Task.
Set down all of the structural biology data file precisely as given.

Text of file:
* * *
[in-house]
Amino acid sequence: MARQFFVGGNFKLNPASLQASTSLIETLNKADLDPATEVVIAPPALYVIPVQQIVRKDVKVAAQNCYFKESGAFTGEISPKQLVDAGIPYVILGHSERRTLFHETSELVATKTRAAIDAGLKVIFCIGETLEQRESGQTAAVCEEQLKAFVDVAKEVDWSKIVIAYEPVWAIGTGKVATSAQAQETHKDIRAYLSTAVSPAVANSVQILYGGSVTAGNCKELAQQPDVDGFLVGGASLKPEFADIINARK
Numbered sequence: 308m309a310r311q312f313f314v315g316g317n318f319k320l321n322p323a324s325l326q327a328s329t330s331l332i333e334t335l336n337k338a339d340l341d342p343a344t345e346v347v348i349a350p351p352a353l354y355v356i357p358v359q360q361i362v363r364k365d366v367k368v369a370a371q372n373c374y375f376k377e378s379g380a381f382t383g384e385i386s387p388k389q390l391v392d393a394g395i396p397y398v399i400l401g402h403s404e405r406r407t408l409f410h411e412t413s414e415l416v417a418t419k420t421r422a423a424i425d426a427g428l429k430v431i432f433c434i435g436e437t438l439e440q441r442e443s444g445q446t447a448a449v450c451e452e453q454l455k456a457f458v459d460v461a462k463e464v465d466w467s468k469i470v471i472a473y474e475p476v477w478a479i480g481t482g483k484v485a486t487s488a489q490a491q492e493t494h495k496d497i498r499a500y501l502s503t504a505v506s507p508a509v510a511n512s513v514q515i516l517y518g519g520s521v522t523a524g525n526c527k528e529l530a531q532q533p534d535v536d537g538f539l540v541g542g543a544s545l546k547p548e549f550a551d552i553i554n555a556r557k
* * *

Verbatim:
[in-house]
Amino acid sequence: MARQFFVGGNFKLNPASLQASTSLIETLNKADLDPATEVVIAPPALYVIPVQQIVRKDVKVAAQNCYFKESGAFTGEISPKQLVDAGIPYVILGHSERRTLFHETSELVATKTRAAIDAGLKVIFCIGETLEQRESGQTAAVCEEQLKAFVDVAKEVDWSKIVIAYEPVWAIGTGKVATSAQAQETHKDIRAYLSTAVSPAVANSVQILYGGSVTAGNCKELAQQPDVDGFLVGGASLKPEFADIINARK
Numbered sequence: 308m309a310r311q312f313f314v315g316g317n318f319k320l321n322p323a324s325l326q327a328s329t330s331l332i333e334t335l336n337k338a339d340l341d342p343a344t345e346v347v348i349a350p351p352a353l354y355v356i357p358v359q360q361i362v363r364k365d366v367k368v369a370a371q372n373c374y375f376k377e378s379g380a381f382t383g384e385i386s387p388k389q390l391v392d393a394g395i396p397y398v399i400l401g402h403s404e405r406r407t408l409f410h411e412t413s414e415l416v417a418t419k420t421r422a423a424i425d426a427g428l429k430v431i432f433c434i435g436e437t438l439e440q441r442e443s444g445q446t447a448a449v450c451e452e453q454l455k456a457f458v459d460v461a462k463e464v465d466w467s468k469i470v471i472a473y474e475p476v477w478a479i480g481t482g483k484v485a486t487s488a489q490a491q492e493t494h495k496d497i498r499a500y501l502s503t504a505v506s507p508a509v510a511n512s513v514q515i516l517y518g519g520s521v522t523a524g525n526c527k528e529l530a531q532q533p534d535v536d537g538f539l540v541g542g543a544s545l546k547p548e549f550a551d552i553i554n555a556r557k